Examples: your entry point to wradlib#
The documentation of \(\omega radlib\) basically consists of two elements: the first element is the library reference which provides a systematic documentation of each function in wradlib’s API. In order to use the library reference properly, you should have an idea what you’re actually looking for. This is why new users mostly start with the second element, the wradlib-notebooks. Here you can look for application examples that are close to what you actually want to achieve, and then use these as a basis for further development. Once you understood an example, you also know what to look for in the library reference.
Interactive examples with jupyter notebooks#
All \(\omega radlib\) examples are distributed as jupyter notebooks in the wradlib-notebooks repository. This way, you can interactively explore various topics. Each notebook is organized in documented code blocks. You can browse through a notebook block by block, inspect the results, and experiment with the code. However, you can also view the rendered notebooks including the example results on the web pages of this section: Each page was directly generated from \(\omega radlib\)’s example notebooks. This way, you can copy&paste code snippets directly into your applications.
Are you using \(\omega radlib\) on the Open Radar Science Shortcourse? Then please follow-up there to get your openradar software stack running.
You might also fire-up a jupyter notebook server with a wradlib docker container.
Otherwise, you need to make sure to
Once these conditions are met, you can open a notebook: Launch a console or bash window in the directory that contains the example notebooks.
If you installed \(\omega radlib\) into a conda environment (as recommended in Installation),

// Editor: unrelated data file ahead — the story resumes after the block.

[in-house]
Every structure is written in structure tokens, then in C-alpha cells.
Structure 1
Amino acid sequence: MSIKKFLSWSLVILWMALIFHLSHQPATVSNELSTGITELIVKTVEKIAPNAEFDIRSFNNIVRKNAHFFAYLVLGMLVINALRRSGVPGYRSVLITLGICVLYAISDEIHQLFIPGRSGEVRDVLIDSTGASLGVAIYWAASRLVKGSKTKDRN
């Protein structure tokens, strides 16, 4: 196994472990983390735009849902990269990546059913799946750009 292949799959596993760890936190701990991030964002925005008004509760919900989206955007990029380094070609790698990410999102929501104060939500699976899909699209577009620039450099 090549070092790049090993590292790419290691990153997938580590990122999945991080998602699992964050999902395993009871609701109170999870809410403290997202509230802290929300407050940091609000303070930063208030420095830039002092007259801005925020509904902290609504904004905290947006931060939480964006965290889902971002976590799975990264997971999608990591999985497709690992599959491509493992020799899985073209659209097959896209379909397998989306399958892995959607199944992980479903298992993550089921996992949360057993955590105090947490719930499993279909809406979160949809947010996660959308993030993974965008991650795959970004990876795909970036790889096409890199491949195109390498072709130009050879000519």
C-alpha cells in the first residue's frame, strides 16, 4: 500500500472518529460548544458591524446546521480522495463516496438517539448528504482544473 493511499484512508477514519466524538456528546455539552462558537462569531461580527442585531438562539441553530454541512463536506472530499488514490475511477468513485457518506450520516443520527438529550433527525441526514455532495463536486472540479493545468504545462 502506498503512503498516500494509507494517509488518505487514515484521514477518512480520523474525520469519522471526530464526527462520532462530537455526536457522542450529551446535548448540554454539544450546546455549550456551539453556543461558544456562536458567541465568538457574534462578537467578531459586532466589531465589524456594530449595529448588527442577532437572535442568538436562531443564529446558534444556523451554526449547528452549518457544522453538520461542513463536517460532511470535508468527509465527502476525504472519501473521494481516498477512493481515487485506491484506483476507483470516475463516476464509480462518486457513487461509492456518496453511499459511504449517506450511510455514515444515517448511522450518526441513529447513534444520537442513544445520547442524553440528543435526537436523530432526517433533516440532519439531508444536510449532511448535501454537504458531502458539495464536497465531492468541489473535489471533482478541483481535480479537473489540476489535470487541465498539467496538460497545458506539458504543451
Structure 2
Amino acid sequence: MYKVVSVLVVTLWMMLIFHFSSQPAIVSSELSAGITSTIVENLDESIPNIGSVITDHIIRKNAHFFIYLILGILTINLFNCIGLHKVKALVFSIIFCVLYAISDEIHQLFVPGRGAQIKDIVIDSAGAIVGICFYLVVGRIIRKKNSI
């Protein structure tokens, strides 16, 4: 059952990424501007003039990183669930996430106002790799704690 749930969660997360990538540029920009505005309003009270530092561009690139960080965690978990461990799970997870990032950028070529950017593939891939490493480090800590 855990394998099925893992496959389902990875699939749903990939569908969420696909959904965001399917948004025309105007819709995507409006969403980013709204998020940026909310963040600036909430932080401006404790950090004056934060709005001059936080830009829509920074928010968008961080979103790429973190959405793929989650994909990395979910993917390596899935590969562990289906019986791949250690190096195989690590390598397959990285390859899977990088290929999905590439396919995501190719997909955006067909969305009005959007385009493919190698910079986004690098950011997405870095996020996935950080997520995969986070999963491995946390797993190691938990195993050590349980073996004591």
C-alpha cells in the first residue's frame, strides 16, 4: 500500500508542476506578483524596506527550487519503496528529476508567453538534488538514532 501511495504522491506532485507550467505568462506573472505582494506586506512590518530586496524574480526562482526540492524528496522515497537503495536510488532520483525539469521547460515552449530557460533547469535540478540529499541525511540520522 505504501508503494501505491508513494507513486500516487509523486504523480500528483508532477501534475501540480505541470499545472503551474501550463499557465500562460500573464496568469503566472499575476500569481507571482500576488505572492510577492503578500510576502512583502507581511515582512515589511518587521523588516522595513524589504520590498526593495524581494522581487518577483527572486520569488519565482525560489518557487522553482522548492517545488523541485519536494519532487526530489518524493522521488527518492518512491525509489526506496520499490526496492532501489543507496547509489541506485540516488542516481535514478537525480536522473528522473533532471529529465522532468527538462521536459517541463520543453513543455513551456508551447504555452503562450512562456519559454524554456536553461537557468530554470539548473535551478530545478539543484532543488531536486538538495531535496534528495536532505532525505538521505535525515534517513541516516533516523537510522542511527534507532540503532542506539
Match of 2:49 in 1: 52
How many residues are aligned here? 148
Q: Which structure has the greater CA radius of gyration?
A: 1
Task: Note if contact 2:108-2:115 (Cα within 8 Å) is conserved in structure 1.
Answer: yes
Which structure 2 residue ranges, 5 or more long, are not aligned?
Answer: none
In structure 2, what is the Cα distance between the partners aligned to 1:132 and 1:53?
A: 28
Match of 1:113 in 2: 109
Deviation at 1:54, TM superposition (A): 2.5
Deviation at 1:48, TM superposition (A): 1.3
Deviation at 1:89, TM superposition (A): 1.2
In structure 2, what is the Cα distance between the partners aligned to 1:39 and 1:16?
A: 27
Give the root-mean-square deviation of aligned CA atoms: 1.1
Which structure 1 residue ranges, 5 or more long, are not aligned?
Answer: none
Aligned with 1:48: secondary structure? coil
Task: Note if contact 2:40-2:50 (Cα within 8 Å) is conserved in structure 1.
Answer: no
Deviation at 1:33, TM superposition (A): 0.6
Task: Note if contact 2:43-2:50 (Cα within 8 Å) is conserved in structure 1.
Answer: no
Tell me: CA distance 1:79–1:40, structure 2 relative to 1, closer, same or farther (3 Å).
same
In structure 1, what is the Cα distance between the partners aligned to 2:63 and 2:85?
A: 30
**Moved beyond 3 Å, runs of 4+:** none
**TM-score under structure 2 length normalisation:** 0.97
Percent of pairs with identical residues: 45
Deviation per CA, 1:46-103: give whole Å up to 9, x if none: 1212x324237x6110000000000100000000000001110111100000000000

you need to activate that environment first. Let’s say you named the environment
(base) $ conda activate wradlib (wradlib) $ jupyter notebook
Did you forget the name of the environment that contains wradlib? This way, you get an overview over all environments:
(base) $ conda info --envs
which will give you something like (example output under Windows):
# conda environments: # base /home/kai/miniconda wradlib /home/kai/miniconda/envs/wradlib
In both cases, a browser window will open (typically at http://localhost:8888/tree) which will show the tree of the directory in which you started the jupyter notebook server. Just open any notebook by clicking. Code cells are executed by hitting
Shift + Enter or by using the toolbar icons. It’s pretty much self-explaining, and you’ll soon get the hang of it.
How can I get the example notebooks?#
The notebooks are available in the wradlib-notebooks repository. Alternatively, you can download the latest (“bleeding edge”) notebooks. In both cases, you find everything in the directory
/notebooks (after extracting the downloaded archives).
How can I get the example data?#
Most notebooks use example data. These data are provided in a separate repository and can be fetched using
pooch. All you need to do is install this via pip manually:
$ python -m pip install git+https://github.com/wradlib/wradlib-data@pooch
Now you need to set an environment variable pointing to a folder where the data should be saved when requested:
open a console and execute
setx WRADLIB_DATA <full path to wradlib-data>.
You need to set the env variable in your current shell profile. In most cases, this will be loaded from
~/.bashrc. Open that file in an editor (e.g. via
$EDITOR ~/.bashrc) and add the following line at the end of the file:
$ export WRADLIB_DATA=/insert/full/path/to/wradlib-data/
After this procedure, the example notebooks will automagically pull the required files from the data archive.
How to install jupyter?#
As already pointed out above, you can just look at the rendered notebooks online docs. In order to use them interactively, you need to install
jupyter can be installed conveniently into conda environments. If you installed \(\omega radlib\) in a separate conda environment (as recommended in Installation), you need to install
jupyter in that environment, too:
(base) $ conda activate wradlib (wradlib) $ conda install jupyter
If you are not sure which conda environments you have, you can check via
conda info --envs.
If you did not install \(\omega radlib\) via conda, you should first check whether
jupyter might already be available on your system (use e.g.
jupyter --version). If
jupyter is not available, you should check out the jupyter docs for alternative installation options.
I prefer simple Python scripts instead of notebooks#
No problem. If you downloaded the notebooks directly from the wradlib repository, you can easily convert them to Python scripts yourself (but you need to install jupyter to do the conversion):
$ jupyter nbconvert --to script <name of the notebook>